In August 1610, John Guy and a group of 39 English settlers landed at Cupers Cove (which is today called Cupids) in Newfoundland and Labrador. They started the first official English colony in what is today the country of Canada and one of the first European settlements in North America.
They cleared the land and began constructing buildings and boats as soon as they arrived. In addition to fishing, logging, farming and exploring for minerals, one of the goals of the colonists was to initiate friendly relations with the Beothuk to establish a fur trade. The colonists cut a trail overland from Conception Bay to Trinity Bay (Crout's Way.) They also used two of their newly built boats, a 12 tonne bark (which they called the Indeavour) and a shallop to sail around the Bay de Verde Peninsula into Trinity Bay to meet the Beothuk. During the trip they saw Beothuk homes and canoes and actually met, shared a meal, and traded with a group of Beothuk people. On the way back the men in both boats had amazing adventures which demonstrate the dangers they faced in traveling what today seems like short distances.
During the third season, John Guy brought women to the colony. On March 27th, 1613, the birth of a baby boy to Nicholas Guy and his wife was the first recorded birth of an English child in what is now Canada! Gradually, the settlers' lives fell into a pattern of yearly activities. The activities of these hardy people were governed by the seasons. Pirates and migratory fishermen also had an effect on what they could do.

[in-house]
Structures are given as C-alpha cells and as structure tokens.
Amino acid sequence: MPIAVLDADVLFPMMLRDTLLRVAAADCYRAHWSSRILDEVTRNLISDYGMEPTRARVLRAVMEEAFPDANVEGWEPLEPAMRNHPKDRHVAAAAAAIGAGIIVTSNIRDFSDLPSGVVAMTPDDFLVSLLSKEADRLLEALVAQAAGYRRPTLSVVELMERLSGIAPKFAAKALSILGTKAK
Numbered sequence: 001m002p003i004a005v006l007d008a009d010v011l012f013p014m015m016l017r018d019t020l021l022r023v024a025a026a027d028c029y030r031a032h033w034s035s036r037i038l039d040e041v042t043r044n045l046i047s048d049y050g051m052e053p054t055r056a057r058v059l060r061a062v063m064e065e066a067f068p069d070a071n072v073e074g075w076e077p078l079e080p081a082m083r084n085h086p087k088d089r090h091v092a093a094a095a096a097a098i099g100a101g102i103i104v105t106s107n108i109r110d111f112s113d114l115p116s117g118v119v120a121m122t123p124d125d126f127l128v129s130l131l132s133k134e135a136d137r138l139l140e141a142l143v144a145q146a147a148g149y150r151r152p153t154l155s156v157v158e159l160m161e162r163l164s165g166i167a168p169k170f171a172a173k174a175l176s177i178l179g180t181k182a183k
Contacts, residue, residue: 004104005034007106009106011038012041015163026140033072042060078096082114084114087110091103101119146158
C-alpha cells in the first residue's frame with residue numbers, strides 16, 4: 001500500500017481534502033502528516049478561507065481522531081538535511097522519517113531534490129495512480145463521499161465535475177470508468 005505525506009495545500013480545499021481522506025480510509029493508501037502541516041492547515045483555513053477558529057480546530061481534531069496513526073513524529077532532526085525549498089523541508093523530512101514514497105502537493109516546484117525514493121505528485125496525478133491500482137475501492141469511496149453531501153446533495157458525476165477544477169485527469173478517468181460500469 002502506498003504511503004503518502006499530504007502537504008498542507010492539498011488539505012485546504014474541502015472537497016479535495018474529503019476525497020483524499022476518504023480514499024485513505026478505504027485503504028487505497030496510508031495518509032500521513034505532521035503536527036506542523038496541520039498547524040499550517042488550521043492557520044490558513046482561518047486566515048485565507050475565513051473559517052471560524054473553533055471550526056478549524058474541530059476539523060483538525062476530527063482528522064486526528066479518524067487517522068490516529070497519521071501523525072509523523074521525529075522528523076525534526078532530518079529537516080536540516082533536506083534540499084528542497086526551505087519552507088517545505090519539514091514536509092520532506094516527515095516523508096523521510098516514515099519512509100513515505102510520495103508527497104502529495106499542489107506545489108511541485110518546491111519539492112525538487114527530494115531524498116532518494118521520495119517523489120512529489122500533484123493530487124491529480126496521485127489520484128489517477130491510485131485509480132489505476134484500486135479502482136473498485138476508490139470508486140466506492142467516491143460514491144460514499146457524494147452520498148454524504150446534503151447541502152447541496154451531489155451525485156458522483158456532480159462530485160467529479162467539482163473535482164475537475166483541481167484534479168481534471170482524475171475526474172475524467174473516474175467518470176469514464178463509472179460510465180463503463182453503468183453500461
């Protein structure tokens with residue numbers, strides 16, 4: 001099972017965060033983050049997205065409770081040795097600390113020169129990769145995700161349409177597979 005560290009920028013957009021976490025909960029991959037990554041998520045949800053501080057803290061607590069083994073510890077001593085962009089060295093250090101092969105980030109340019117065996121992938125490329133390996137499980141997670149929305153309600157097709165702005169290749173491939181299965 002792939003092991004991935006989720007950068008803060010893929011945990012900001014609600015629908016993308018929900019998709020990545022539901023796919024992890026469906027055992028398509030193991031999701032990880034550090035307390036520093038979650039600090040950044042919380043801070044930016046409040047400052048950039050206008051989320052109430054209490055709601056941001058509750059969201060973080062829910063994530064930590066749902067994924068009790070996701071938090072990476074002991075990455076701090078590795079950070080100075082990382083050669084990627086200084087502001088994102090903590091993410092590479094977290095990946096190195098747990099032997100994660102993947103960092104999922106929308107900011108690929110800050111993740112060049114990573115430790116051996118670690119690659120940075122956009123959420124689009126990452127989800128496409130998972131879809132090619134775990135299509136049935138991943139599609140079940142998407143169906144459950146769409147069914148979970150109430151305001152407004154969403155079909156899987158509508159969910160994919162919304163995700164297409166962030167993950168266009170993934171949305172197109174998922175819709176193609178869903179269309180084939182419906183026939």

John Mason (who later founded the colony of New Hampshire) became governor of the colony in 1615. During his tenure, Squanto, (an English speaking Patuxet Native American from Massachusetts) was sent to the colony by John Slany, one of the colony's backers in England. Squanto later achieved fame because he assisted the Pilgrim Fathers to establish the Plymouth colony in New England starting in 1620.
Throughout the 1600s and the early 1700s the colonists established other settlements around the Baccalieu Trail. Pirate raids, clashes with migratory fishermen, attacks by the French, in the late 17th and early 18th centuries provided constant challenges.